Time-management experts report that an individual will typically underestimate the time it takes to complete a task by 50%. You may be different. For example, I gave myself 2 hours to write this blog. It took 4 (therefore, I under-estimated my time on this project by 100%).
If you can assign the paper an immediate file heading, do so. Make a label and place it in at the front of drawer you are working on. If not, don’t spend time during the sorting process.
Put all unfiled items in a box and by the end of your 1-week paper diet you will know how to label your files. (Remember, organization is something that works with you, not something imposed unnaturally.)
As you file, mark a discard date on each piece of paper that will eventually outlive its usefulness (information about a conference, for example).
This is information that requires more than 5 or 10 minutes of read time. Process quick reads as you would any other paper items. Make room on a shelf for longer reports, publications or books.
Now stand back and survey your workspace. Is there anything else you can do to organize the remaining papers? Don’t stop until you have finished making your labels; and, marking folders and binders you are putting back into the drawer.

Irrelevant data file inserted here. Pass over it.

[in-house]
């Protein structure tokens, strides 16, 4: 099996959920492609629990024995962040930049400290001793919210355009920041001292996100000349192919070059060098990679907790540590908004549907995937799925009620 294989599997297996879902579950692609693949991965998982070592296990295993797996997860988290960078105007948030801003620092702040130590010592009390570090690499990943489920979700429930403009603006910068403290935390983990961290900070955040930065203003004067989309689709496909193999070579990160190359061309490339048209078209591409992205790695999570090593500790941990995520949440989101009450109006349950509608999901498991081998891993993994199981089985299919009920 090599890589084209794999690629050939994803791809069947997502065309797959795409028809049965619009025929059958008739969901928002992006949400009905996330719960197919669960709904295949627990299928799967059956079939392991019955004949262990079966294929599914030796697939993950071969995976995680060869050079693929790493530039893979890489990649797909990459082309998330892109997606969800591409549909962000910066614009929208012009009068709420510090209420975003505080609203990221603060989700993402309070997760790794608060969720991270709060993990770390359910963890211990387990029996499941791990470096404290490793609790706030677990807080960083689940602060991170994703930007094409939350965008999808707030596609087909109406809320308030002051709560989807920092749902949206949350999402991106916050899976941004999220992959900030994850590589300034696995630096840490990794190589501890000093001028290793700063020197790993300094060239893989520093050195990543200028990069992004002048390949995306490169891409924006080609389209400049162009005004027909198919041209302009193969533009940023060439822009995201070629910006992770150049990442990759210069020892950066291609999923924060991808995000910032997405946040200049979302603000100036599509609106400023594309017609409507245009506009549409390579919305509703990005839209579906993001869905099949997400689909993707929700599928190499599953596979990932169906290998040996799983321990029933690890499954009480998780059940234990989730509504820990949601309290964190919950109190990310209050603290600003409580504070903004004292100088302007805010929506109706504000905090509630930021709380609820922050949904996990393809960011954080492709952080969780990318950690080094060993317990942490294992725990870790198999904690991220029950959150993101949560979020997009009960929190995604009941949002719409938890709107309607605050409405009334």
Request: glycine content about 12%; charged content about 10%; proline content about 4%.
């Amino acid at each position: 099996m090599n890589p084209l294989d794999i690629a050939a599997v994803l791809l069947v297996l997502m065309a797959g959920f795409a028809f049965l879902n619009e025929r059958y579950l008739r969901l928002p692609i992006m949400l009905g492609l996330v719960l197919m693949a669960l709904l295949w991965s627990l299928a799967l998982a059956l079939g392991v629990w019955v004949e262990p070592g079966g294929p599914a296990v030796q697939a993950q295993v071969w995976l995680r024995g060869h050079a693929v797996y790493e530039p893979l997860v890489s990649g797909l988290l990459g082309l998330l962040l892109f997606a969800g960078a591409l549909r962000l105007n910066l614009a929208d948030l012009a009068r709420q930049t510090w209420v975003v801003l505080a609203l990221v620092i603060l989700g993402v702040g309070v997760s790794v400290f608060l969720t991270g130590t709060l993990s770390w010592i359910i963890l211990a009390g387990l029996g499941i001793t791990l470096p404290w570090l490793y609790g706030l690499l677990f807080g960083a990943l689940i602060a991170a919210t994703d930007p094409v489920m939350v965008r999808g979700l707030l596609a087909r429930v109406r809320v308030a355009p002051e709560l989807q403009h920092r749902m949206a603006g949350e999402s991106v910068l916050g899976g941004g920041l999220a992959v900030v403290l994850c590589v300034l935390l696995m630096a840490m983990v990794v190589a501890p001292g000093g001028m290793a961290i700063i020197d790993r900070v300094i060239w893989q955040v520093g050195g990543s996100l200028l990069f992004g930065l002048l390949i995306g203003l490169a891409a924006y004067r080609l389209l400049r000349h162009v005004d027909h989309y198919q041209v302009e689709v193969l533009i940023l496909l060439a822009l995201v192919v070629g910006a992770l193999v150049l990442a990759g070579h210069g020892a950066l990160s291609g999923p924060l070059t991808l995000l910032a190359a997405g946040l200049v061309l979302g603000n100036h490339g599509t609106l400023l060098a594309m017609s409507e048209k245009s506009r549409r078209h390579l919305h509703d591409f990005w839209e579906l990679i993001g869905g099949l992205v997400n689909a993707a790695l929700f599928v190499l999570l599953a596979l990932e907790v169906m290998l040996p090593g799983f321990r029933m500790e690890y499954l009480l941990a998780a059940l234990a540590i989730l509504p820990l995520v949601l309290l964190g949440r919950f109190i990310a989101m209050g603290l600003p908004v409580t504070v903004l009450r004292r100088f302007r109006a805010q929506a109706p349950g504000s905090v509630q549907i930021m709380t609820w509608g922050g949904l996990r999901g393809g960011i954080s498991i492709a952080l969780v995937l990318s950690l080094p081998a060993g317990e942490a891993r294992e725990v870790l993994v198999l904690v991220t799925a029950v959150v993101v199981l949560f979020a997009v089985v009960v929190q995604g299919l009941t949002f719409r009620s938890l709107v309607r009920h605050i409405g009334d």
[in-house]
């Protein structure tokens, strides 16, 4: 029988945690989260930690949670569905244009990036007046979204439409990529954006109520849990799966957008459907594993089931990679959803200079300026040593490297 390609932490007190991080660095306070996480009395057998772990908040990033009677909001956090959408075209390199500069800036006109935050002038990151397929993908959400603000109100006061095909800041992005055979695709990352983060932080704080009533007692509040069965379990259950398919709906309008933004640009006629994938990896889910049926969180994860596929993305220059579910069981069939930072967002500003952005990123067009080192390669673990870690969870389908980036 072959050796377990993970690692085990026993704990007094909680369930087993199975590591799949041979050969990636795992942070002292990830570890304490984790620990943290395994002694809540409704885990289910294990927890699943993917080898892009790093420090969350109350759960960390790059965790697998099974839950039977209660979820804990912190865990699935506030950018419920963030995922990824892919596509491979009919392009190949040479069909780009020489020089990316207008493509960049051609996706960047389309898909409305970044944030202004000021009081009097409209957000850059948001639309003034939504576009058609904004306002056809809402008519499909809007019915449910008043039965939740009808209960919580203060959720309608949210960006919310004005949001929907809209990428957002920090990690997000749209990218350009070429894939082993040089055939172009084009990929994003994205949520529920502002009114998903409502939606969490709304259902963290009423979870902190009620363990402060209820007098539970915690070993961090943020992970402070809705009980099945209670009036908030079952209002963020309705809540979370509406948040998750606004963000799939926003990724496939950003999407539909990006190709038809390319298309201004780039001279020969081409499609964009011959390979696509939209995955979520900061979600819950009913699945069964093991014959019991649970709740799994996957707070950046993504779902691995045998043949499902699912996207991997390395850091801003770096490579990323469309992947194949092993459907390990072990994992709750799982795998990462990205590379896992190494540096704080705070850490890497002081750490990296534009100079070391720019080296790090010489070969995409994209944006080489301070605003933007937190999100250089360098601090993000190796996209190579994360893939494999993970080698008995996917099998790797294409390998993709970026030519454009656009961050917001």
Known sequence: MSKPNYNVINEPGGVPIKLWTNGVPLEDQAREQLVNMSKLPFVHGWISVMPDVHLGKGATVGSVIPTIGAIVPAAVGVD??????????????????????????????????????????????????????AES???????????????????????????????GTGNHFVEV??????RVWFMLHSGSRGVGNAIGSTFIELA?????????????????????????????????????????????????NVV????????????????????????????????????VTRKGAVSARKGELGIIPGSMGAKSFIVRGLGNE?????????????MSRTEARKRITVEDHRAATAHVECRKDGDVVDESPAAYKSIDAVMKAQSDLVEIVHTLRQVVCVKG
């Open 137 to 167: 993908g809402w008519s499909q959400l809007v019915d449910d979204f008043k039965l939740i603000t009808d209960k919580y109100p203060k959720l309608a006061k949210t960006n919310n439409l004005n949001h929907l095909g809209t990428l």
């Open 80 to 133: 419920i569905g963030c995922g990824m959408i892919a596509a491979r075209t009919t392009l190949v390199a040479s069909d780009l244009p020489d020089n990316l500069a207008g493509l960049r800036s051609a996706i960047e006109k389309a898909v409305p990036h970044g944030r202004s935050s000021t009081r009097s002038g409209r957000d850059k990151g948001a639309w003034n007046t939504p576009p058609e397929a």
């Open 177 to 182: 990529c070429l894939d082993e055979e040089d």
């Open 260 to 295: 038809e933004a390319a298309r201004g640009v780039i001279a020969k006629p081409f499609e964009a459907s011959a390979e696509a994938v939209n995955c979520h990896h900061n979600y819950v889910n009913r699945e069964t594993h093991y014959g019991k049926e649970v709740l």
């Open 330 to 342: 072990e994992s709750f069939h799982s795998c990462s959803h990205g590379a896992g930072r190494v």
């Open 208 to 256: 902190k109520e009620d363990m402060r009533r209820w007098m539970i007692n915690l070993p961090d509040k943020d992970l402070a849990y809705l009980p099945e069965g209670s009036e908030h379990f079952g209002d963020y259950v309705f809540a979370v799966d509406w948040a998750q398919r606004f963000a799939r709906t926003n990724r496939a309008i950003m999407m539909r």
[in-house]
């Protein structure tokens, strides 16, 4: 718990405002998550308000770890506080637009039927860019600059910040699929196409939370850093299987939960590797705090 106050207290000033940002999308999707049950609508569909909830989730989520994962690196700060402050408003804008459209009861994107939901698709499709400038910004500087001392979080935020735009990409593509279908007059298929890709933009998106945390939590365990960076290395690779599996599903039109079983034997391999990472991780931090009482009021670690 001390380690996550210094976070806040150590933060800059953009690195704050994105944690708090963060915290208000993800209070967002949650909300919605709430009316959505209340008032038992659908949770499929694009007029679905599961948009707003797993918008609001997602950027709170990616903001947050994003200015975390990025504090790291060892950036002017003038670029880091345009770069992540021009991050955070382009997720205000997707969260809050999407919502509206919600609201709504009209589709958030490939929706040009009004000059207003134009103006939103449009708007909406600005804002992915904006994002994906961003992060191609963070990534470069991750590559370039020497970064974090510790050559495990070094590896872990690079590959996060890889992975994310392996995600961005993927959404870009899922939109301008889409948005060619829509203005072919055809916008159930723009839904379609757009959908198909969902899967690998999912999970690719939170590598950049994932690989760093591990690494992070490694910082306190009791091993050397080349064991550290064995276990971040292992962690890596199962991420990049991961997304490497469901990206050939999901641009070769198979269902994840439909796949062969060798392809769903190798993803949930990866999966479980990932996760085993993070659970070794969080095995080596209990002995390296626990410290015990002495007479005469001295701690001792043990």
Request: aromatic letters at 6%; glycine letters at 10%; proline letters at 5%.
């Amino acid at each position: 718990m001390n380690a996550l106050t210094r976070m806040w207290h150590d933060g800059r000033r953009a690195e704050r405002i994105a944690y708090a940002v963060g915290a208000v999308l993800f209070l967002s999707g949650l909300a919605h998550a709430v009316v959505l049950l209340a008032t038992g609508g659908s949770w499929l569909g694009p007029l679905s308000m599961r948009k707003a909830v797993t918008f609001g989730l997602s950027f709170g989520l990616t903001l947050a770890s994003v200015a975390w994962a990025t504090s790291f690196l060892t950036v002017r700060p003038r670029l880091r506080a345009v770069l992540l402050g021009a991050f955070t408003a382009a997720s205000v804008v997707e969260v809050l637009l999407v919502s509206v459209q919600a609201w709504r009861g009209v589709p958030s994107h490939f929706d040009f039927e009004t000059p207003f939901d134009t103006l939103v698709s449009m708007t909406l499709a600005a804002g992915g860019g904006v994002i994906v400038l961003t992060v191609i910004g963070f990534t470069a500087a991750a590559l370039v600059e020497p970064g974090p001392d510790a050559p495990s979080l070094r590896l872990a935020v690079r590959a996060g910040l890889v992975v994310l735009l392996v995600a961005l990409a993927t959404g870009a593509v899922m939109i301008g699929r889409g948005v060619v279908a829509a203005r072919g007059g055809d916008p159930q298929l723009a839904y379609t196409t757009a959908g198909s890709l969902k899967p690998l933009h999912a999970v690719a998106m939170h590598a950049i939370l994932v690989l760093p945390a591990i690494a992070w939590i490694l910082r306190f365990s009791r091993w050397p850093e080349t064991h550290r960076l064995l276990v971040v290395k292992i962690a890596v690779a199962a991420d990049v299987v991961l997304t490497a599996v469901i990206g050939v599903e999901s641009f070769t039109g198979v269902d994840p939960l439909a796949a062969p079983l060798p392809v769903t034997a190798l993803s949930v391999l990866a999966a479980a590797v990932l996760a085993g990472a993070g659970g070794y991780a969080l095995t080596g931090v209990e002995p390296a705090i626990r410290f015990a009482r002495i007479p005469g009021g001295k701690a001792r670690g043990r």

Record your progress by weighing your paper and recording your time spent.
Chart your progress in three columns[iii]:
2. Paper Pounds Recycled and/or Marked to Shred
3. Time Spent
Congratulations! You are feeling the weight loss. Further reduce the load by scanning items that can be stored electronically.
By sorting incoming papers through this system on a daily basis, you will find your paper weight diminishing.
Me? I’m a reformed messy and must constantly be aware of my paper addition. I use my Annual Paper Diet to remind myself of the benefits of not letting my paper weight get out of control.
Donna Suter (423-400-3626; [email protected]) is an internationally recognized authority on the unique practice management issues that face dispensing eyecare practitioners. Suter Consulting Group www.donnasuterconsulting.com
[i] The Organized Executive by Stephanie Winston
[ii] The Seven Habits of Highly Effective People by Stephen R. Covey
[iii] Began my annual paper diet after attending Organize ALL Your Papers Coaching Class with Marcia Ramsland. The course book is Simplify Your Space.